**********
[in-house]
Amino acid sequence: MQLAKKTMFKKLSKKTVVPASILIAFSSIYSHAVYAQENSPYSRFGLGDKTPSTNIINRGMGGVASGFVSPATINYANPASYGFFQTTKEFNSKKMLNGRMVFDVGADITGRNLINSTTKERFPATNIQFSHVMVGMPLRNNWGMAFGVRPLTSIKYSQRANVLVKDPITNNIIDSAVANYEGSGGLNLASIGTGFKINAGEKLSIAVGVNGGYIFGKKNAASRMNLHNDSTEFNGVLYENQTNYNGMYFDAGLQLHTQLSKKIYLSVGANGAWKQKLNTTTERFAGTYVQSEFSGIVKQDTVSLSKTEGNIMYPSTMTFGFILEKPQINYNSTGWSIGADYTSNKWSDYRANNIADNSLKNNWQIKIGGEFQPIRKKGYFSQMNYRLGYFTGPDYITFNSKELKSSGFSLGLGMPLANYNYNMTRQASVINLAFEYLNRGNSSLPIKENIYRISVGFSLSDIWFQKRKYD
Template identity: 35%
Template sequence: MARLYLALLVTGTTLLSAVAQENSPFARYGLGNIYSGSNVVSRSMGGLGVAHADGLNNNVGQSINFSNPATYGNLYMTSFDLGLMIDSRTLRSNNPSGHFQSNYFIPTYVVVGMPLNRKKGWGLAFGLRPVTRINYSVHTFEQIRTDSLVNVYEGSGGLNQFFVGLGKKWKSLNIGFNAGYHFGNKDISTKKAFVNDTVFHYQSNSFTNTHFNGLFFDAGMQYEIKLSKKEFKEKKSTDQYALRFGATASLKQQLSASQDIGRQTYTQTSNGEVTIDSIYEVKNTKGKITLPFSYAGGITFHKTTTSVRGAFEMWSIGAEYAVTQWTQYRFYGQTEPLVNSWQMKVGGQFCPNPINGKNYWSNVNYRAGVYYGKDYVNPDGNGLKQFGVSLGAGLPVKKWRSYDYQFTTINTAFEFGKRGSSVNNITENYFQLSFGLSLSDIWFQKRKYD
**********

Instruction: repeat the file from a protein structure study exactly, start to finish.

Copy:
[in-house]
Amino acid sequence: MQLAKKTMFKKLSKKTVVPASILIAFSSIYSHAVYAQENSPYSRFGLGDKTPSTNIINRGMGGVASGFVSPATINYANPASYGFFQTTKEFNSKKMLNGRMVFDVGADITGRNLINSTTKERFPATNIQFSHVMVGMPLRNNWGMAFGVRPLTSIKYSQRANVLVKDPITNNIIDSAVANYEGSGGLNLASIGTGFKINAGEKLSIAVGVNGGYIFGKKNAASRMNLHNDSTEFNGVLYENQTNYNGMYFDAGLQLHTQLSKKIYLSVGANGAWKQKLNTTTERFAGTYVQSEFSGIVKQDTVSLSKTEGNIMYPSTMTFGFILEKPQINYNSTGWSIGADYTSNKWSDYRANNIADNSLKNNWQIKIGGEFQPIRKKGYFSQMNYRLGYFTGPDYITFNSKELKSSGFSLGLGMPLANYNYNMTRQASVINLAFEYLNRGNSSLPIKENIYRISVGFSLSDIWFQKRKYD
Template identity: 35%
Template sequence: MARLYLALLVTGTTLLSAVAQENSPFARYGLGNIYSGSNVVSRSMGGLGVAHADGLNNNVGQSINFSNPATYGNLYMTSFDLGLMIDSRTLRSNNPSGHFQSNYFIPTYVVVGMPLNRKKGWGLAFGLRPVTRINYSVHTFEQIRTDSLVNVYEGSGGLNQFFVGLGKKWKSLNIGFNAGYHFGNKDISTKKAFVNDTVFHYQSNSFTNTHFNGLFFDAGMQYEIKLSKKEFKEKKSTDQYALRFGATASLKQQLSASQDIGRQTYTQTSNGEVTIDSIYEVKNTKGKITLPFSYAGGITFHKTTTSVRGAFEMWSIGAEYAVTQWTQYRFYGQTEPLVNSWQMKVGGQFCPNPINGKNYWSNVNYRAGVYYGKDYVNPDGNGLKQFGVSLGAGLPVKKWRSYDYQFTTINTAFEFGKRGSSVNNITENYFQLSFGLSLSDIWFQKRKYD